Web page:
There’s nothing whatsoever to be gained . . . by doing what Romney has done, which is to act evasive on a hot-button issue for months on end before finally, grudgingly, issuing a defensive quasi-endorsement of your opponent’s gambit. When the White House announced its policy change, Romney could have attacked the president for bending the rule of law to suit the demands of Democratic coalition politics, or alternatively he could have embraced the DREAM Act himself to pivot away from the hard line he took during the Republican primary campaign. Either move, if finessed effectively, might have helped him with a crucial bloc of voters. But by doing neither, and basically ducking the issue until this late-in-the-game concession, he enabled the White House to reap all of the benefits of its backdoor amnesty without paying any political price at all.Yep. Douthat also diagnoses what I think is the central problem with the campaign, which is that they assumed Romney would be the front-runner by September and made no plan for any other eventuality:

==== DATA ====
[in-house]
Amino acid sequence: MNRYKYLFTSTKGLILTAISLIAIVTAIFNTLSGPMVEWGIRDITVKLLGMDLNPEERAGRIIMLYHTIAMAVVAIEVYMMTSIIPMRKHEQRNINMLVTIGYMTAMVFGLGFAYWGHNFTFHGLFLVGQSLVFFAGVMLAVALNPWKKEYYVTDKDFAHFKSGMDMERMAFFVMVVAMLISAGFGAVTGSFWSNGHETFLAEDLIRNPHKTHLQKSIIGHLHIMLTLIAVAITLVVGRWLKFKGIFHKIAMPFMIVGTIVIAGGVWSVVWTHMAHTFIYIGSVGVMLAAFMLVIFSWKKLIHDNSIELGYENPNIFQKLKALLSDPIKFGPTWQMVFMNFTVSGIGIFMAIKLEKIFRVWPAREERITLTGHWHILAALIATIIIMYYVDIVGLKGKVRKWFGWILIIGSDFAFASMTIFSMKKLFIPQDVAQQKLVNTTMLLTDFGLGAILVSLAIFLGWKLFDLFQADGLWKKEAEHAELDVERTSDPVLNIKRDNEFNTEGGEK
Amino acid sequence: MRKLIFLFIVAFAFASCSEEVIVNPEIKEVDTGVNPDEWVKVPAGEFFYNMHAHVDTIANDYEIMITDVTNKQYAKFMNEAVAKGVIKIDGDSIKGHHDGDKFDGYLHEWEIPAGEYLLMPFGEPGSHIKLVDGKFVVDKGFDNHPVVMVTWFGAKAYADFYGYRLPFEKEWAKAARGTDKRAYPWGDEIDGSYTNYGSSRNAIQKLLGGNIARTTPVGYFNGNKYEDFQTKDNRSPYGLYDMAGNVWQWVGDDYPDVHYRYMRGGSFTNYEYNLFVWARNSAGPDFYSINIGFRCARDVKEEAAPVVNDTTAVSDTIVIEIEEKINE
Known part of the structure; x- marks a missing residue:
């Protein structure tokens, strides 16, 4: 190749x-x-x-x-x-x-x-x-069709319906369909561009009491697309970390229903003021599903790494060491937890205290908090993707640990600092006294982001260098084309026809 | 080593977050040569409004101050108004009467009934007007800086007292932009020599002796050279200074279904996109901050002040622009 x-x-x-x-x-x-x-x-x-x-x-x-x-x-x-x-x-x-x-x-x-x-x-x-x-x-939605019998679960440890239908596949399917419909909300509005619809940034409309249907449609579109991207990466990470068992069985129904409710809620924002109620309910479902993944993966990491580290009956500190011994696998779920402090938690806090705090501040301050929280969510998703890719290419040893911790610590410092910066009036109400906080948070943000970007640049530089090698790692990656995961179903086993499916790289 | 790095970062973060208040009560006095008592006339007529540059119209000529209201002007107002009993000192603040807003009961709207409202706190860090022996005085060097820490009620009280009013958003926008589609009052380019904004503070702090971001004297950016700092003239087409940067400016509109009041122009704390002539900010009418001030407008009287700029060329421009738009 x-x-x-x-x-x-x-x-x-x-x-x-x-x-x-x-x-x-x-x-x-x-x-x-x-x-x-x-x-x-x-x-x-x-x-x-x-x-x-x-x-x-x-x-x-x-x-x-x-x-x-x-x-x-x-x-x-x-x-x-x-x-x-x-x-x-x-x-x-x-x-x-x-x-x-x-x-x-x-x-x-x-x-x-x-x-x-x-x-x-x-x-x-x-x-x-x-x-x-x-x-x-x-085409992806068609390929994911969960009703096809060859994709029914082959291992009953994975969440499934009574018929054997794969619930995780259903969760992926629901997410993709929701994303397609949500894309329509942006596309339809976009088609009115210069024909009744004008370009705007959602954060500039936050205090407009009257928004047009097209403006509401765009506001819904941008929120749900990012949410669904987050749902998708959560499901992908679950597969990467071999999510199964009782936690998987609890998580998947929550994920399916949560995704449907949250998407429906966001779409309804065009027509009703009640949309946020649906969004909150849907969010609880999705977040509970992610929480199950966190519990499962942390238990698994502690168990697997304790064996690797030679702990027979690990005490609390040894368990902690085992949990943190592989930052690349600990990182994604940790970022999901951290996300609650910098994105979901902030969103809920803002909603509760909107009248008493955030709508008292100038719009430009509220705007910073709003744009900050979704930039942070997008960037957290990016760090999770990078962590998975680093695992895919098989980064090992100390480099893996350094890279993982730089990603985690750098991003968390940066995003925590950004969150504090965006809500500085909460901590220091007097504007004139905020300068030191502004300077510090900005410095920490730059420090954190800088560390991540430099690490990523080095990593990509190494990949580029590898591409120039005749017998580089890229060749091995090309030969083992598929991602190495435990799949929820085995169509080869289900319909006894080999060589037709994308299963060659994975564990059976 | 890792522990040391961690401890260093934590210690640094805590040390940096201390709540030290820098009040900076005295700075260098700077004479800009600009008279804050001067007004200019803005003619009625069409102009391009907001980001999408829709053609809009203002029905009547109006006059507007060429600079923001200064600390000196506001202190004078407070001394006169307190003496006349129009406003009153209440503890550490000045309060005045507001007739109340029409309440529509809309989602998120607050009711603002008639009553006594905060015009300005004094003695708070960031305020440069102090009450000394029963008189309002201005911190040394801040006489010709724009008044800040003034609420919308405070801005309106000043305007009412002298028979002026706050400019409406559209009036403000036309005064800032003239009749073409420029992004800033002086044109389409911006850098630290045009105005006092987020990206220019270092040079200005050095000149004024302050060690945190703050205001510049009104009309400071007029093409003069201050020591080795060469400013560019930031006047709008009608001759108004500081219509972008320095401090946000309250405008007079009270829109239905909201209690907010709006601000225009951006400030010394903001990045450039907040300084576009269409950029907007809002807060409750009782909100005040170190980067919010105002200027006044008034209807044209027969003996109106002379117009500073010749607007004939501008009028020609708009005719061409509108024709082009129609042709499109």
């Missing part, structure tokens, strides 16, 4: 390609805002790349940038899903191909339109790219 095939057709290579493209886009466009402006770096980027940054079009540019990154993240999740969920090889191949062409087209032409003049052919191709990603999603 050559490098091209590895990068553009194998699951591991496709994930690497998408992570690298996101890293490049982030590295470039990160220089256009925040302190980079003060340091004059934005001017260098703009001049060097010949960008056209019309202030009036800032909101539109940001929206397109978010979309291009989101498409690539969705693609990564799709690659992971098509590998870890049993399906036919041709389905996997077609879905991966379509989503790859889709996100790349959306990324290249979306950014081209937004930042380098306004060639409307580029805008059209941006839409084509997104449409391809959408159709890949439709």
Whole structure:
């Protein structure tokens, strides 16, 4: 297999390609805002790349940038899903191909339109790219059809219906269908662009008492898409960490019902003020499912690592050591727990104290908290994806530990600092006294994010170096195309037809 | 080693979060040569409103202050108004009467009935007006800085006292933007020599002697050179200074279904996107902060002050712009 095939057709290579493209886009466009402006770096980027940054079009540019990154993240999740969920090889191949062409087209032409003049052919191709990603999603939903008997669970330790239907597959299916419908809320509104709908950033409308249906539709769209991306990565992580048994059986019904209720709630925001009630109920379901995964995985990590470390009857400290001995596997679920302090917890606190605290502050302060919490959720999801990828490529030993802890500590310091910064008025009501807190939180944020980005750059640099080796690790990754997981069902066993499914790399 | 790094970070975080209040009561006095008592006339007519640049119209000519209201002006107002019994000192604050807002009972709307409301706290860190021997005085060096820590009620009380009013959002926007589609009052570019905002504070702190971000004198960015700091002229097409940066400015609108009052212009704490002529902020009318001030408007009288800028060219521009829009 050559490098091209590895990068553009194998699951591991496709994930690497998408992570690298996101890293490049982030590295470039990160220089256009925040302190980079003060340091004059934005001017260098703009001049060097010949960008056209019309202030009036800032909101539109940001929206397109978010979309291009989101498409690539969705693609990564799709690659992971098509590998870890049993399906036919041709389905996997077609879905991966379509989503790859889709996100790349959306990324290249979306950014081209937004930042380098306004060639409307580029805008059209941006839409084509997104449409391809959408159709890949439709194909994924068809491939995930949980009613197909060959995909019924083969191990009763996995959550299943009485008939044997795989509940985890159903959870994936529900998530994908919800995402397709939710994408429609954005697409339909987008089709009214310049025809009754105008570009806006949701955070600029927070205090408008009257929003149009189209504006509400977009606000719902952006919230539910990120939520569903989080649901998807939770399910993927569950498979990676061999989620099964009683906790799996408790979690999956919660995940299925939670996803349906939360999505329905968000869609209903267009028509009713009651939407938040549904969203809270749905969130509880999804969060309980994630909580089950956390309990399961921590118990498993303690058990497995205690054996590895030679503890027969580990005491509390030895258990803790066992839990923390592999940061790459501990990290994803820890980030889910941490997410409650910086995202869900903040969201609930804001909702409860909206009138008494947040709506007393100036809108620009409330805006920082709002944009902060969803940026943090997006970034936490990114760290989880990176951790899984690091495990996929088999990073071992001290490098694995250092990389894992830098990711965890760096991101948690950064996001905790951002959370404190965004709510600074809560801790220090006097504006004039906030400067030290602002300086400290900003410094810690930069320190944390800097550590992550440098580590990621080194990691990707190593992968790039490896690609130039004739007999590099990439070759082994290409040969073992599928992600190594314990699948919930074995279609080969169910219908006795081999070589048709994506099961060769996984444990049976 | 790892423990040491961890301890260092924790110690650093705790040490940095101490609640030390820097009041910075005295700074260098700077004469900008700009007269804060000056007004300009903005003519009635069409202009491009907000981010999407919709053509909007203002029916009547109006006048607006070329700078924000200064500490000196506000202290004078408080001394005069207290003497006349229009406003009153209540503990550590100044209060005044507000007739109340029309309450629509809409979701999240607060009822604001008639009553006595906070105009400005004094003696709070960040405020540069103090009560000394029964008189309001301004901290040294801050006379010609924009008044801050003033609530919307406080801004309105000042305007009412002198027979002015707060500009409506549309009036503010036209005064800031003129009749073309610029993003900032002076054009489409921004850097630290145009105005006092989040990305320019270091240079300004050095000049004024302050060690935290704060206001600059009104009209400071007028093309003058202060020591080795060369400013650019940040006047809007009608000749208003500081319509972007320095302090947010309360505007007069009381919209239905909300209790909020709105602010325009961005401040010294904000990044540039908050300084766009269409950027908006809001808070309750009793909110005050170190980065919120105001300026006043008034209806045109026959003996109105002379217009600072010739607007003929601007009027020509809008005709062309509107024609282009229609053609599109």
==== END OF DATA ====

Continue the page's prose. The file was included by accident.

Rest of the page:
[O]n immigration, health care and indeed just about every topic worth mentioning, the Romney camp apparently decided that the weakness of the economy meant that they didn’t need a clear script at all, and that they could get by with evasions and improvisations instead. On the evidence of current polling, they were wrong.It's worse than evasions and improvisations. It's an apparent unwillingness or inability to actually say anything. Yes, the media aren't playing fair (this Gawker piece makes some good observations in that regard), but they're not the problem.
I see Romney's ads on TV here in Virginia – his message, unfiltered by the press – and it's worse than muddled. It's non-existent. Each time I'm left wondering, "What are you saying? What's wrong with America, and how will you fix it?"
Or, as Jan Crawford tweeted recently, "Why not embrace who you are/why your views are better for America? SAY IT."